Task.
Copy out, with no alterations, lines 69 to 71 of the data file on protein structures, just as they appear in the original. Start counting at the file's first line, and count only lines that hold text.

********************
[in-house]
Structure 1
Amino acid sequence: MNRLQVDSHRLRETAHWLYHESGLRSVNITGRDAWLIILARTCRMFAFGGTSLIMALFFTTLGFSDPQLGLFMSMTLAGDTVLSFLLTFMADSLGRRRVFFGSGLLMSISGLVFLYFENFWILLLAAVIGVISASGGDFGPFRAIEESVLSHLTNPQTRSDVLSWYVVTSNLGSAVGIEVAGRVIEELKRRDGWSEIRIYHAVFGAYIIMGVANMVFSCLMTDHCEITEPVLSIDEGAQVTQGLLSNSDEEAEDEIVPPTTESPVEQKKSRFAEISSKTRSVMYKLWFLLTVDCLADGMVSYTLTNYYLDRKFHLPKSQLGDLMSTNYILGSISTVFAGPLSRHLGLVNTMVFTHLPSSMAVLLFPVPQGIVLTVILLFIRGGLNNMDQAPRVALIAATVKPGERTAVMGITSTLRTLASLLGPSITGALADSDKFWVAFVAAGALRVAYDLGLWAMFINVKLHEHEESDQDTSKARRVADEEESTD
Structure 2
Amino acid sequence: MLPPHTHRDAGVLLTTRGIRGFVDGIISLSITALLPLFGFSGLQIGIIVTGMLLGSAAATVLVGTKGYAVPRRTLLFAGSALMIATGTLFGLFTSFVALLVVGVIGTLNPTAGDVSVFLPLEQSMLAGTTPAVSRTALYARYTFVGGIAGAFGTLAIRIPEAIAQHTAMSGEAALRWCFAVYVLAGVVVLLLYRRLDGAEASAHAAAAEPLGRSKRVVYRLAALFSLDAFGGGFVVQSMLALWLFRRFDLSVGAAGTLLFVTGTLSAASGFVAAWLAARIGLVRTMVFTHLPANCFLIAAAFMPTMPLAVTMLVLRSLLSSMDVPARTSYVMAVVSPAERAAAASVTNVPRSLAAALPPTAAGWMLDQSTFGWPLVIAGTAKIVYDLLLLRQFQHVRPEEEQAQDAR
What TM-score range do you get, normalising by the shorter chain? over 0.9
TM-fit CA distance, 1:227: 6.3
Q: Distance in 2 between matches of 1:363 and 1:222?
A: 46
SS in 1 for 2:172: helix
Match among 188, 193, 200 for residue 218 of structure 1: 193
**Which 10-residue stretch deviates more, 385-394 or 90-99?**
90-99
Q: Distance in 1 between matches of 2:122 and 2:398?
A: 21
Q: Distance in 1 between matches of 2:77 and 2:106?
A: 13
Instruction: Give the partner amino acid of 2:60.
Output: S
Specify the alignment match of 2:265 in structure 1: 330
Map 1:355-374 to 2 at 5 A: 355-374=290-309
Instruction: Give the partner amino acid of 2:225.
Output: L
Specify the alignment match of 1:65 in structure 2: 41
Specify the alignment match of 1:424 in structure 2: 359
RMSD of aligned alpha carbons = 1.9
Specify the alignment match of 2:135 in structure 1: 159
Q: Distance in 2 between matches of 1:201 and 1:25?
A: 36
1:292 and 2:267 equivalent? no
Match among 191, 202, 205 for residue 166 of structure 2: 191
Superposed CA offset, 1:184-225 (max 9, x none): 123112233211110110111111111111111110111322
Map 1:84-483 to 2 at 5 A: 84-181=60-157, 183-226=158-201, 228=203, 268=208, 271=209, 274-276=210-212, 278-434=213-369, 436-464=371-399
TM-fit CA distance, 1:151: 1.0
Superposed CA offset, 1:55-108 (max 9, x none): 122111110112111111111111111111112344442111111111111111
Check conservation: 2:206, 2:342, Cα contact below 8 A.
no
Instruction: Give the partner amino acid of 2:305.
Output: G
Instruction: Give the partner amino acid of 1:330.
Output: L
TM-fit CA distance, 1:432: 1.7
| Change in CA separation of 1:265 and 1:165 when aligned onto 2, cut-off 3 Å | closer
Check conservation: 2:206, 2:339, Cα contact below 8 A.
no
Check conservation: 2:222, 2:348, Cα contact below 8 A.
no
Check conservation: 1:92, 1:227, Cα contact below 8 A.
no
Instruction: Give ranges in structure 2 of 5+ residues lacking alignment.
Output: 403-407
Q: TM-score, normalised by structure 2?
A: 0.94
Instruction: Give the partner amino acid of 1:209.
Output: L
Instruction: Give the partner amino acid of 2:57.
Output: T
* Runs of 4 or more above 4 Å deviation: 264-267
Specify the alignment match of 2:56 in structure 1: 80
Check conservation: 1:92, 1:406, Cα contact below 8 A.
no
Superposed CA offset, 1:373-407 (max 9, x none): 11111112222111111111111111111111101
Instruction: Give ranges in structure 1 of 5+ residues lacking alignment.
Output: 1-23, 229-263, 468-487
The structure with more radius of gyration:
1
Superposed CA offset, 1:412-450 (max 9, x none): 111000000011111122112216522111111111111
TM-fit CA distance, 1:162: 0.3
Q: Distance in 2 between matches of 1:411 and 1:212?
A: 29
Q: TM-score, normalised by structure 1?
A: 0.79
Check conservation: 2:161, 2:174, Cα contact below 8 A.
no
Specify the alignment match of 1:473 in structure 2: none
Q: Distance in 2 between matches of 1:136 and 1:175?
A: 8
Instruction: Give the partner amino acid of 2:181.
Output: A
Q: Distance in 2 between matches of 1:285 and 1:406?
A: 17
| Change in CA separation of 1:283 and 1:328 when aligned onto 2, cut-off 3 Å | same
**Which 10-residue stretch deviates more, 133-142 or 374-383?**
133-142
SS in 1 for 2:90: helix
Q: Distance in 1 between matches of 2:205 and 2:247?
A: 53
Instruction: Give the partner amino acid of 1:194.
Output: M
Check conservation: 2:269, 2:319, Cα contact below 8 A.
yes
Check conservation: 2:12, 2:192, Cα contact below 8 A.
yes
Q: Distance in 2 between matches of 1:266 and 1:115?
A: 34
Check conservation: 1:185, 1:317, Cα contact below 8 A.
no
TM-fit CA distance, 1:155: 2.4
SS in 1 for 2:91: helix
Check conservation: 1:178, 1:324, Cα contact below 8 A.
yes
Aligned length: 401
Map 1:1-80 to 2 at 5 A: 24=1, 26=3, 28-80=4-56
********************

Q: Distance in 2 between matches of 1:411 and 1:212?
A: 29
Q: TM-score, normalised by structure 1?